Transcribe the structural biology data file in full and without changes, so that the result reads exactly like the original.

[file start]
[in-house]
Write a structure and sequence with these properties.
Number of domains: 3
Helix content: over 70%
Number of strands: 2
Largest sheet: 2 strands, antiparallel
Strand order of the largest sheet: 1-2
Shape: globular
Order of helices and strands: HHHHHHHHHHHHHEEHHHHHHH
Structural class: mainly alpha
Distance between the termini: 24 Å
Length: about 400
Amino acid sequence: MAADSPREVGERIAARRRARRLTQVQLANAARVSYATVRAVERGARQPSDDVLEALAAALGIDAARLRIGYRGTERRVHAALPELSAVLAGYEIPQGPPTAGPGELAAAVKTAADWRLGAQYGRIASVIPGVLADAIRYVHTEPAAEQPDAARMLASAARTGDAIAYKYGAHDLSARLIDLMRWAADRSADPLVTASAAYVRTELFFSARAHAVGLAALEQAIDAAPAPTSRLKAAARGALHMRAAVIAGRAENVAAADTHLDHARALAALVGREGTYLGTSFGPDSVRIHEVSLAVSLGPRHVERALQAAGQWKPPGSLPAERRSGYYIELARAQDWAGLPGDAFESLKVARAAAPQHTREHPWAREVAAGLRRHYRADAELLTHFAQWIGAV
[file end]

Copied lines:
[in-house]
Write a structure and sequence with these properties.
Number of domains: 3
Helix content: over 70%
Number of strands: 2
Largest sheet: 2 strands, antiparallel
Strand order of the largest sheet: 1-2
Shape: globular
Order of helices and strands: HHHHHHHHHHHHHEEHHHHHHH
Structural class: mainly alpha
Distance between the termini: 24 Å
Length: about 400
Amino acid sequence: MAADSPREVGERIAARRRARRLTQVQLANAARVSYATVRAVERGARQPSDDVLEALAAALGIDAARLRIGYRGTERRVHAALPELSAVLAGYEIPQGPPTAGPGELAAAVKTAADWRLGAQYGRIASVIPGVLADAIRYVHTEPAAEQPDAARMLASAARTGDAIAYKYGAHDLSARLIDLMRWAADRSADPLVTASAAYVRTELFFSARAHAVGLAALEQAIDAAPAPTSRLKAAARGALHMRAAVIAGRAENVAAADTHLDHARALAALVGREGTYLGTSFGPDSVRIHEVSLAVSLGPRHVERALQAAGQWKPPGSLPAERRSGYYIELARAQDWAGLPGDAFESLKVARAAAPQHTREHPWAREVAAGLRRHYRADAELLTHFAQWIGAV